Comedy? Tragedy? Farce? Mayhem?
Few of us will argue the uniqueness of 2020. My favorite image of the year ignited a burst of humor that tickled my ribs because it was bluntly true. If you didn't catch it yourself, it pictured the front cover of Time Magazine, headlining their annual recognition of the Person of the Year. It was a picture of Mr. Mayhem, the Allstate Insurance advertising guy wearing a smirk and Band Aid on his face. . Mr. Mayhem was depicted as the Man of the Year for 2020. If you want to see the Pinterest version of this classic interpretation, click here. Mayhem may be the most descriptive addition to the schemata of true drama. You know---comedy, tragedy, farce, and now, mayhem. Lord help us!
Whatever you choose to call it, it has been a challenging year for most of us. Chart the course---the restrictions, dynamics, and uncertainty of a global pandemic; social unrest and turmoil: racial tension; employment adjustments; spiritual diversity and clashing values; home schooling; family alignments; and election 2020, to mention only a few. Then add the personal challenges each of us have surely faced. In total, it has represented perhaps the most unusual year for a great many of us. 2020, the year of Mr. Mayhem and his disruptive ways. And, guess what? There's surely could be more.
The results of election 2020 will test the fiber of the America thing from sea to shining sea. More than any time in our national epoch the political parties and candidates have marked sharply opposing positions on most campaign issues. Partisans are intensely passionate, perhaps alarmingly so, in support of platform planks and party ideals. Many political observers and media types are anticipating social unrest and further turmoil in the aftermath of November 3 results. And, of course, the artisans of drama, the queens and kings who are the masters of boisterous verbiage and inflammatory show are poised and positioned to instigate election 2020 drama.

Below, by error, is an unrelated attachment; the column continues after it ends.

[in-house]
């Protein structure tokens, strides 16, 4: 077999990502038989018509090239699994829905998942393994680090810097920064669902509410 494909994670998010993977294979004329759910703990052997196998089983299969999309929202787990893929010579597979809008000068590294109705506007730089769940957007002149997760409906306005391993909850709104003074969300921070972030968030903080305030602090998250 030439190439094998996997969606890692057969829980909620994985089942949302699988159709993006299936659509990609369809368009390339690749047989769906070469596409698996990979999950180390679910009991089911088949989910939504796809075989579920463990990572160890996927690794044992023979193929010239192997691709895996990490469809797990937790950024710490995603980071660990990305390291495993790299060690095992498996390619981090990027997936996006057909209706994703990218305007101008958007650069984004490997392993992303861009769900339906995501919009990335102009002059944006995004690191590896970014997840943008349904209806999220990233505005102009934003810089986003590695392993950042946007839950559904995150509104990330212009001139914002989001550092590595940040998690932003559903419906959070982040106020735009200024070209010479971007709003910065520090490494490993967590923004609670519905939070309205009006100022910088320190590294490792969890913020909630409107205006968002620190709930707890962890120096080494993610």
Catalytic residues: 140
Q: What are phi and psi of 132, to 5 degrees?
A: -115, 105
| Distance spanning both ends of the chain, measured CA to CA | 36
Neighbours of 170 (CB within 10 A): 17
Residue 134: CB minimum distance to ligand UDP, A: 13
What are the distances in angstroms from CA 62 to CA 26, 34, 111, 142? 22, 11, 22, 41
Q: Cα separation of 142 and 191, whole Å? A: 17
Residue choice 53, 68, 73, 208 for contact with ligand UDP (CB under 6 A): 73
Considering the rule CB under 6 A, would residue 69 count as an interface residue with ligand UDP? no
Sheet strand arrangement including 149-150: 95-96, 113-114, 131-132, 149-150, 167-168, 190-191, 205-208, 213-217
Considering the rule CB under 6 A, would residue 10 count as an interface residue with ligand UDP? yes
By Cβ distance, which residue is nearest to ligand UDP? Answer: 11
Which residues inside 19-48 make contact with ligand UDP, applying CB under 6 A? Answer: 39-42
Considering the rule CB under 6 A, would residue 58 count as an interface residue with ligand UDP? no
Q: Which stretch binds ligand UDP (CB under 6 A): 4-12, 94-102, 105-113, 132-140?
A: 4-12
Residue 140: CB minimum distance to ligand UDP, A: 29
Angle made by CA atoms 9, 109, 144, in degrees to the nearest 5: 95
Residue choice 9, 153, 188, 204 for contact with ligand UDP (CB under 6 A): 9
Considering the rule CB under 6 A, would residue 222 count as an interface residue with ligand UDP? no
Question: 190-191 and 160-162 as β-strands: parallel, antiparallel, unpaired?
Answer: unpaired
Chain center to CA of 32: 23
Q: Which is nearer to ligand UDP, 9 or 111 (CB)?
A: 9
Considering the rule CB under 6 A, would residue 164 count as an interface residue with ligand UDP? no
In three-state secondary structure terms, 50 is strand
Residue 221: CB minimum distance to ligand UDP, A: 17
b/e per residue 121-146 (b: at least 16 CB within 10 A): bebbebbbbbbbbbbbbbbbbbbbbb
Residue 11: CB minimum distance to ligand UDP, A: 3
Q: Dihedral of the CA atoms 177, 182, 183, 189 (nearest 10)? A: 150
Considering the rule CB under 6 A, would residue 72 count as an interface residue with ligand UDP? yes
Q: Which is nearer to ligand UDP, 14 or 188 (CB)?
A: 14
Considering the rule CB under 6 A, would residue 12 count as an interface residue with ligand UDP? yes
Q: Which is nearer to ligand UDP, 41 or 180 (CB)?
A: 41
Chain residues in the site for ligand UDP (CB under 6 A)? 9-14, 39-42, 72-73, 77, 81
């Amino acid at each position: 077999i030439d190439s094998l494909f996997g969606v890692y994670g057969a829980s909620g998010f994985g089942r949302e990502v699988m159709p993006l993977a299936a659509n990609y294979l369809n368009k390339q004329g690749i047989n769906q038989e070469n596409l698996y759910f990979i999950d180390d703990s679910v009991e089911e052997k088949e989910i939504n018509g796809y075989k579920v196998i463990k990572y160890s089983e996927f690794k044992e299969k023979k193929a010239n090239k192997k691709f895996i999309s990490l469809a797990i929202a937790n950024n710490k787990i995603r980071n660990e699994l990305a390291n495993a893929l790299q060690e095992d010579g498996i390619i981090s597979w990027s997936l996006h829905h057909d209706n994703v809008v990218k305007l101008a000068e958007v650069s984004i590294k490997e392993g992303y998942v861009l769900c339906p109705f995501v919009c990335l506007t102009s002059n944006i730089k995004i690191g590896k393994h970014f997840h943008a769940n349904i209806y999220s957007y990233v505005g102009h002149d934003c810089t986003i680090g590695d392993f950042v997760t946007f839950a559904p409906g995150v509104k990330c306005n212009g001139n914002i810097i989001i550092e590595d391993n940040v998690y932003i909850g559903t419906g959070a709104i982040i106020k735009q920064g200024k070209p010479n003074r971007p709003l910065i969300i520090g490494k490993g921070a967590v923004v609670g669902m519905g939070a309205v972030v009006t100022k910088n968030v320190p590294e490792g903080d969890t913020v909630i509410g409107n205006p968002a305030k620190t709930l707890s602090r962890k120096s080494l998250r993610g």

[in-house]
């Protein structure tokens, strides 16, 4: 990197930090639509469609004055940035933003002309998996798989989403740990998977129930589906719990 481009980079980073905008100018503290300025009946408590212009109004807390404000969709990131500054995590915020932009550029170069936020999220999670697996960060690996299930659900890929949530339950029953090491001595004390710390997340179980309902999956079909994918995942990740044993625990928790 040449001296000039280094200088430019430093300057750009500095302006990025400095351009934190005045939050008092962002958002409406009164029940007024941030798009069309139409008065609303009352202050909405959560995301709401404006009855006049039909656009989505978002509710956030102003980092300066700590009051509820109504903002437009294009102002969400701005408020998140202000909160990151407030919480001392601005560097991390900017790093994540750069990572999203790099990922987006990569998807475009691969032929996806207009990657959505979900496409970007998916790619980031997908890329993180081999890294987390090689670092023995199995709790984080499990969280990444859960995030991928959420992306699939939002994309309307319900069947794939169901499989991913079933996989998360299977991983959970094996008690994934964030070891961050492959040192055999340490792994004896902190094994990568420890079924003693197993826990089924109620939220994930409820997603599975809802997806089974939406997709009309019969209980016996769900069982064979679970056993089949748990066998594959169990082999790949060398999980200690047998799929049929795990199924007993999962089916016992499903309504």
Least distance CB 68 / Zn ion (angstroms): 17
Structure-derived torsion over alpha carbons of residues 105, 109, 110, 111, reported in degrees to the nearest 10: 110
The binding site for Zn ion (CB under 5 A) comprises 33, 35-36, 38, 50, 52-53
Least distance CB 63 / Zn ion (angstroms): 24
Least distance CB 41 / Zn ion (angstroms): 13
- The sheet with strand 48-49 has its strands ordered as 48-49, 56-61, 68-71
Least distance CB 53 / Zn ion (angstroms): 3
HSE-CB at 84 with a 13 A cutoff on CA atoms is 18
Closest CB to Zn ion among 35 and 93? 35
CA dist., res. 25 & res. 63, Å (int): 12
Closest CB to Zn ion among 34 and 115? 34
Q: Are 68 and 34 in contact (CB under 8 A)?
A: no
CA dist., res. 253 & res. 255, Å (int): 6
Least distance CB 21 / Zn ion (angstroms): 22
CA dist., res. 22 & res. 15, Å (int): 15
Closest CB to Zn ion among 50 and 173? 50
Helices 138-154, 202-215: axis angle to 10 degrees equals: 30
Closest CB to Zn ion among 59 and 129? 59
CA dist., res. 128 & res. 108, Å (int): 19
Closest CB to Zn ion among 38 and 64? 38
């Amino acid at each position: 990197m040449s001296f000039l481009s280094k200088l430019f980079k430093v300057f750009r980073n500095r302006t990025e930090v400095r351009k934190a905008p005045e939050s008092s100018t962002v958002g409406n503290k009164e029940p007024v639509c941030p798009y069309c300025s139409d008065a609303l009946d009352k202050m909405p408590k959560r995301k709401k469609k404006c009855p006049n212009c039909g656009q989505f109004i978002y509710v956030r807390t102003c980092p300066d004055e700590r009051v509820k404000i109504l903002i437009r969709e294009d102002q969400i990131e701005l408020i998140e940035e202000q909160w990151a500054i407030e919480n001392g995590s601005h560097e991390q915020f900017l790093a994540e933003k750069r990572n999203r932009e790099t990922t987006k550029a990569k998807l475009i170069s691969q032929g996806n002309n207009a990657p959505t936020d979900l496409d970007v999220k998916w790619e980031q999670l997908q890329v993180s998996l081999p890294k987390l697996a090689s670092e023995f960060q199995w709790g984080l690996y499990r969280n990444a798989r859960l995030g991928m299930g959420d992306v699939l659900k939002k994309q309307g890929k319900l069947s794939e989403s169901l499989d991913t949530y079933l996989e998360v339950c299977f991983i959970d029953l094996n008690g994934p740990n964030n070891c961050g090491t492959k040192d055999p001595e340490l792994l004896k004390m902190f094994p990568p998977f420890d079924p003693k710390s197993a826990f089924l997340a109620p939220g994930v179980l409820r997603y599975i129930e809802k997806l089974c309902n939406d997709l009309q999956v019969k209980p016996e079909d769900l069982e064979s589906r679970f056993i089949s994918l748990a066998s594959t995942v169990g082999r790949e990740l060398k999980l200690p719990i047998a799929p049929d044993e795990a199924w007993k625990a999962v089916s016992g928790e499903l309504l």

Personal conduct is a reflection of the worldview we hold. The Christian worldview through which I observe life has generated a very strong list of political positions that will give me direction in the voting booth on November 3. My response to their affirmation or rejection by the American people is, however, a stronger worldview dictate. What I think is right for America, even when based on my best interpretation of Scripture, is secondary to the clear and firm biblical instruction about how I respond to the ways it is received by the voting public. That's why any disruptive or destructive actions by the political drama queens and kings is wrong. Two Bible verses will dictate my reactions to the vote of the people---
Who is wise and understanding among you? By his good conduct let him show his
works in the meekness of wisdom.
James 3: 13, ESV
Keep your conduct among the Gentiles honorable, so that when they speak against you
as evildoers, they may see your good deeds and glorify God on the day of visitation.
1 Peter 2: 12, ESV
Drama 2020 has been a perplexing year. Mr. Mayhem gave us a few smiles as his oddness shadowed us. He can visit us again next week when the ballots are counted and the direction of our nation for the next four years is determined. Each of us should vote our convictions, pray for our population as we make our decisions, and then conduct ourselves with the mind of Christ afterward.
It's the American way. No, the Christian way. The result may be comedy, tragedy, or farce. Let's not permit it to be mayhem.
Copyright: <a href='https://www.123rf.com/profile_matusciac'>matusciac / 123RF Stock Photo</a>